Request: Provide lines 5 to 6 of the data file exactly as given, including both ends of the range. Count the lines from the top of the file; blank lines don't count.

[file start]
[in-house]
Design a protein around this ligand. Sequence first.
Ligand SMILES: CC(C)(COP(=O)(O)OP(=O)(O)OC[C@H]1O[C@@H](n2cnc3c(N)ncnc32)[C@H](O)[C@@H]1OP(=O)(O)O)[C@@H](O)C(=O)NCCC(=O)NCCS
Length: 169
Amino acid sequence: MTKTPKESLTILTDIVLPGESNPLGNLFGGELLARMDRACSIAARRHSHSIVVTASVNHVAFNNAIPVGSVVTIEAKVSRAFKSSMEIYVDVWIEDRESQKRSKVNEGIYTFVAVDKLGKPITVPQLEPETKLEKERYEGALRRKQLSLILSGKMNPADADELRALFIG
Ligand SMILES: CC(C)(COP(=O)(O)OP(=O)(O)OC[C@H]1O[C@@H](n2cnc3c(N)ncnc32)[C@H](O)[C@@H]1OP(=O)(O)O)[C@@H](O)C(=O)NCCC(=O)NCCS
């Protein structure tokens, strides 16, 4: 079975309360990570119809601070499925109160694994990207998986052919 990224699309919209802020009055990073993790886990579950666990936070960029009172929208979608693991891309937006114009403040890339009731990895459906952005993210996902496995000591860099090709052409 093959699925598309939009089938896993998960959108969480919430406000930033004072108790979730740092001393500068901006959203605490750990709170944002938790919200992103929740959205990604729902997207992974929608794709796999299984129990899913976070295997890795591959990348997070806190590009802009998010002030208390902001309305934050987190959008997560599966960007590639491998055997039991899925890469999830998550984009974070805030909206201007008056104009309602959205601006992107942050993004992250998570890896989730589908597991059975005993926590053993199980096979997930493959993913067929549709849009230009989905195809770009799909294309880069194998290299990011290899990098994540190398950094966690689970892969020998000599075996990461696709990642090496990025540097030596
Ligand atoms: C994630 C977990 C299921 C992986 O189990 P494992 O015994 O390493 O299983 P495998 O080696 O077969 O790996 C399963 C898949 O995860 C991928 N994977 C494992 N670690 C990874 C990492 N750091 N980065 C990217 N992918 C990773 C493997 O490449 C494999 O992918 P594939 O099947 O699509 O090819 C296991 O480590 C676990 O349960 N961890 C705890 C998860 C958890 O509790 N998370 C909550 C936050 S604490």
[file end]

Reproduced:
Amino acid sequence: MTKTPKESLTILTDIVLPGESNPLGNLFGGELLARMDRACSIAARRHSHSIVVTASVNHVAFNNAIPVGSVVTIEAKVSRAFKSSMEIYVDVWIEDRESQKRSKVNEGIYTFVAVDKLGKPITVPQLEPETKLEKERYEGALRRKQLSLILSGKMNPADADELRALFIG
Ligand SMILES: CC(C)(COP(=O)(O)OP(=O)(O)OC[C@H]1O[C@@H](n2cnc3c(N)ncnc32)[C@H](O)[C@@H]1OP(=O)(O)O)[C@@H](O)C(=O)NCCC(=O)NCCS